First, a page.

Occupy 2.0 is beginning in Hong Kong

Familiar scenes.
Familiar scenes.
Image: Reuters/Athit Perawongmetha
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When protesters cleared out of downtown Hong Kong’s streets in 2014 after occupying them for two months, they vowed that they would be back. And they are.

In the early hours of today (June 12), tens of thousands of people poured into the streets of the city’s Admiralty district, the location of major government buildings, part of a wave of protests against a controversial overhaul of an extradition law that would make it possible to send suspects to mainland China for trial. They quickly blocked some of the same major arteries of Hong Kong Island that were also occupied during the Umbrella Movement of 2014, the protests which were calling for more democratic elections of the city’s leader.

In scenes reminiscent of 2014’s protests, protesters donned surgical masks and carried umbrellas, with many carrying boxes of supplies including bottled water and masks for the crowds. The atmosphere was tense as those at the front line—marked by metal barricades—stood just meters away from rows of police in riot gear. Many at the front opened up colorful umbrellas as a precaution against tear gas, water cannons, and pepper spray. Police had deployed pepper spray on multiple occasions.

Standing near a line of riot police, Sunny Chan, 18, who just finished high school this year, was decked in a hard hat, goggles, a mask, and gloves.

“The government decided to ignore the popular will with pathetic excuses. I’ve decided to use this last opportunity to protect my freedoms,” he said.

Lawmakers were due to proceed with a second reading of the bill in the city’s legislature today, in defiance of a protest on Sunday (June 9) that drew over a million people to the streets calling for the law to be scrapped, according to organizer estimates. The legislature’s president announced, however, that the meeting would be postponed.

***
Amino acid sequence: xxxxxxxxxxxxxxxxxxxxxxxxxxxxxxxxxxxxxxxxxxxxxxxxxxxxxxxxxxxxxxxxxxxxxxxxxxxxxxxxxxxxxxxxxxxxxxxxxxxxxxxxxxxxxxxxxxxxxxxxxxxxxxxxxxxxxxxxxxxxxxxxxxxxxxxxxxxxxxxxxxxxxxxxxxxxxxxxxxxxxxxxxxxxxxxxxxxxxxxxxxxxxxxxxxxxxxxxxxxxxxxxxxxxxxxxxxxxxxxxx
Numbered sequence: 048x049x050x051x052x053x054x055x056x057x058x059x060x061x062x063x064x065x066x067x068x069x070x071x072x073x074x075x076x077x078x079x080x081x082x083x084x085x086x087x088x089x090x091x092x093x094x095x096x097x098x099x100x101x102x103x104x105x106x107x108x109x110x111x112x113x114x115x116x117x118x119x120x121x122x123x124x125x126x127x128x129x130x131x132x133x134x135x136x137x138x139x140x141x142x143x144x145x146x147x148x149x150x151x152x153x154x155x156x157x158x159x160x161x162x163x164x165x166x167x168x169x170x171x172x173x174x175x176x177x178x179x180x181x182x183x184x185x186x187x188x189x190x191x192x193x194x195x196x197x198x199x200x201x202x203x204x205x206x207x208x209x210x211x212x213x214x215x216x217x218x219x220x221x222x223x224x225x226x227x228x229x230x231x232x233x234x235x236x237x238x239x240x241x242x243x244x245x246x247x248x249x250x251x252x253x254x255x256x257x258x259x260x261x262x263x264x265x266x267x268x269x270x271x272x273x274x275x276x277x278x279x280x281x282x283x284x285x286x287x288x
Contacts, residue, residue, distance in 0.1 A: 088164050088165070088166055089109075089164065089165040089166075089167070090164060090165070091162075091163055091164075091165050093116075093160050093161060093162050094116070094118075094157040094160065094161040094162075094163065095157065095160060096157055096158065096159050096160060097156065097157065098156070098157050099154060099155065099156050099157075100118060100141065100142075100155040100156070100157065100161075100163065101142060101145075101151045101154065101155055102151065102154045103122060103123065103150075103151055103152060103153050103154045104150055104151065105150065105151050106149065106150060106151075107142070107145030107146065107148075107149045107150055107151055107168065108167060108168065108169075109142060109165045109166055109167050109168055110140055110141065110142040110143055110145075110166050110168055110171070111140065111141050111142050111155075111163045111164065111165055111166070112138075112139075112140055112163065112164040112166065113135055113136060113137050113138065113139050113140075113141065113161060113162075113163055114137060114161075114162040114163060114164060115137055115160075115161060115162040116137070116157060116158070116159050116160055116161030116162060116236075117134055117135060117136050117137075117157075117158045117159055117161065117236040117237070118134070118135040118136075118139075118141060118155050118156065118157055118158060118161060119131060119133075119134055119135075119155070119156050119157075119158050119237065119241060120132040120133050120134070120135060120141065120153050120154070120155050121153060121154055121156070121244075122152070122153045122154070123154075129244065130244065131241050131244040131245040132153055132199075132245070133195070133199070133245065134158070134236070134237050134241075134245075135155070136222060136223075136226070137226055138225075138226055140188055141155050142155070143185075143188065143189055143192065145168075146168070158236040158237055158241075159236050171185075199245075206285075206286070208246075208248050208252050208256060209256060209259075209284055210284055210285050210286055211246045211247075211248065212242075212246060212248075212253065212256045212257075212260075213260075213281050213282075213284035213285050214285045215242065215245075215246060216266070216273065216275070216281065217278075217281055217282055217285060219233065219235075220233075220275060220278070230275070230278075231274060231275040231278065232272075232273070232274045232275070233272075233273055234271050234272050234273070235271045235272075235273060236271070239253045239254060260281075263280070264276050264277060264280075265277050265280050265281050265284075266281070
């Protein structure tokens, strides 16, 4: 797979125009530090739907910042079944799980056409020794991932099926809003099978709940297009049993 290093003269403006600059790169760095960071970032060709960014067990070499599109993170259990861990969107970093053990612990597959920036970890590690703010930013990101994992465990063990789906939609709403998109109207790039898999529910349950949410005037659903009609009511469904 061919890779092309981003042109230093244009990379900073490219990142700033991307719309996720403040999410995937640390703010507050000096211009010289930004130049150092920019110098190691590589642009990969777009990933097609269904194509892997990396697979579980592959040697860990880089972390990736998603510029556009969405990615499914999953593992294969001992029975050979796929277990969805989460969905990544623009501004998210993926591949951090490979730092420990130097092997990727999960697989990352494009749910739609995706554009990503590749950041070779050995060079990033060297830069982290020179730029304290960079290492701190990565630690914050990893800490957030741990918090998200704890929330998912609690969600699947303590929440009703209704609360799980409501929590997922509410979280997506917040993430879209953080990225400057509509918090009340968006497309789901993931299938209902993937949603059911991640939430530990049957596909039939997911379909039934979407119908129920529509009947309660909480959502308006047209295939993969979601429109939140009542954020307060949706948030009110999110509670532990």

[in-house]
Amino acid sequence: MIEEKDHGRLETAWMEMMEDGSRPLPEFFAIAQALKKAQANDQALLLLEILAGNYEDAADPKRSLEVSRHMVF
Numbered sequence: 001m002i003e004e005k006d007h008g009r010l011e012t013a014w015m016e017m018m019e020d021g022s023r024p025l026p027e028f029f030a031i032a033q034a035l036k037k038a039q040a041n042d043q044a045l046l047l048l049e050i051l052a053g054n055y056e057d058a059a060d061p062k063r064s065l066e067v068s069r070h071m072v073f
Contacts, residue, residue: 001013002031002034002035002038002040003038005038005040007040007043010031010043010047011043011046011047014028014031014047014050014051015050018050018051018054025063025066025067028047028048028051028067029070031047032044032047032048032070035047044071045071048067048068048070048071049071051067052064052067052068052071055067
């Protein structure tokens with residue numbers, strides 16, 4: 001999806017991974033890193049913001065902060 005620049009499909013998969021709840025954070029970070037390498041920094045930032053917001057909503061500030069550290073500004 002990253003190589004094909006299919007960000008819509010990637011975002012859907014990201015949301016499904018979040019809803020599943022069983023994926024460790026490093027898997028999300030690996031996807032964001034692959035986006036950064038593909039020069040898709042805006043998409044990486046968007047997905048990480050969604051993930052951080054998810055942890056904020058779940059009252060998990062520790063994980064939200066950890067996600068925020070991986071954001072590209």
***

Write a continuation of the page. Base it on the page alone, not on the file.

Chants of “Retract!” periodically broke out as protesters demand that the government shelve the bill. From the pedestrian bridge above the highway, protesters dropped opened umbrellas to the crowd below.

After Hong Kong’s chief executive Carrie Lam vowed on Monday to press on and enact the bill—dubbed the “evil law” by opponents—protest groups announced a new wave of actions, including surrounding the legislature building and calling on businesses to strike, with hundreds heeding the call and closing today or allowing their employees to strike. Some secondary schools and universities have also said they would join the strike today.

Christian groups, meanwhile, have also been taking part in a days-long “pray-a-thon” starting yesterday (June 11), as they sang hymns into the night outside of the Legislative Council.

Michelle Leung, 20, a college student, was standing by a barrier and helping protesters climb up a makeshift ladder fashioned out of a metal fence. She wasn’t able to attend Sunday’s march because of work—and was also too young to take part in the 2014 protests—and said she felt compelled to come out today. “I want to do my part for Hong Kong… I love the country but I don’t love the (Communist) party.”